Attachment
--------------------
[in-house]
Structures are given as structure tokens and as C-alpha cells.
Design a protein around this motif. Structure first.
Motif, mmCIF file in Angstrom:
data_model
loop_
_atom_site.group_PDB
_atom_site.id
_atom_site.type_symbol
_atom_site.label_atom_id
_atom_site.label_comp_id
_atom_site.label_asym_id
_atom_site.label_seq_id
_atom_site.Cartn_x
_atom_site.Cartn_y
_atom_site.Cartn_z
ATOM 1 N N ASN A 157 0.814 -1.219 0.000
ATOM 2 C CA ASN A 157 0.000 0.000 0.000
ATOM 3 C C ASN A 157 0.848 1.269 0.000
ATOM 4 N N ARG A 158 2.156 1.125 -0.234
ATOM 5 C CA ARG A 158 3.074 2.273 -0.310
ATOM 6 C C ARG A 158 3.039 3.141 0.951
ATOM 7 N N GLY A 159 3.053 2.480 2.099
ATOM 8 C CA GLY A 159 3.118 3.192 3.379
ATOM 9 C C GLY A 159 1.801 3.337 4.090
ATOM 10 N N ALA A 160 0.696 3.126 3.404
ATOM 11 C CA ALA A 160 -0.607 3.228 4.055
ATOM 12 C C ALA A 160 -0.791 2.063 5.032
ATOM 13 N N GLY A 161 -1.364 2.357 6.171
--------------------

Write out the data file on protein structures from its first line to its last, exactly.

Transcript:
[in-house]
Structures are given as structure tokens and as C-alpha cells.
Design a protein around this motif. Structure first.
Motif, mmCIF file in Angstrom:
data_model
loop_
_atom_site.group_PDB
_atom_site.id
_atom_site.type_symbol
_atom_site.label_atom_id
_atom_site.label_comp_id
_atom_site.label_asym_id
_atom_site.label_seq_id
_atom_site.Cartn_x
_atom_site.Cartn_y
_atom_site.Cartn_z
ATOM 1 N N ASN A 157 0.814 -1.219 0.000
ATOM 2 C CA ASN A 157 0.000 0.000 0.000
ATOM 3 C C ASN A 157 0.848 1.269 0.000
ATOM 4 N N ARG A 158 2.156 1.125 -0.234
ATOM 5 C CA ARG A 158 3.074 2.273 -0.310
ATOM 6 C C ARG A 158 3.039 3.141 0.951
ATOM 7 N N GLY A 159 3.053 2.480 2.099
ATOM 8 C CA GLY A 159 3.118 3.192 3.379
ATOM 9 C C GLY A 159 1.801 3.337 4.090
ATOM 10 N N ALA A 160 0.696 3.126 3.404
ATOM 11 C CA ALA A 160 -0.607 3.228 4.055
ATOM 12 C C ALA A 160 -0.791 2.063 5.032
ATOM 13 N N GLY A 161 -1.364 2.357 6.171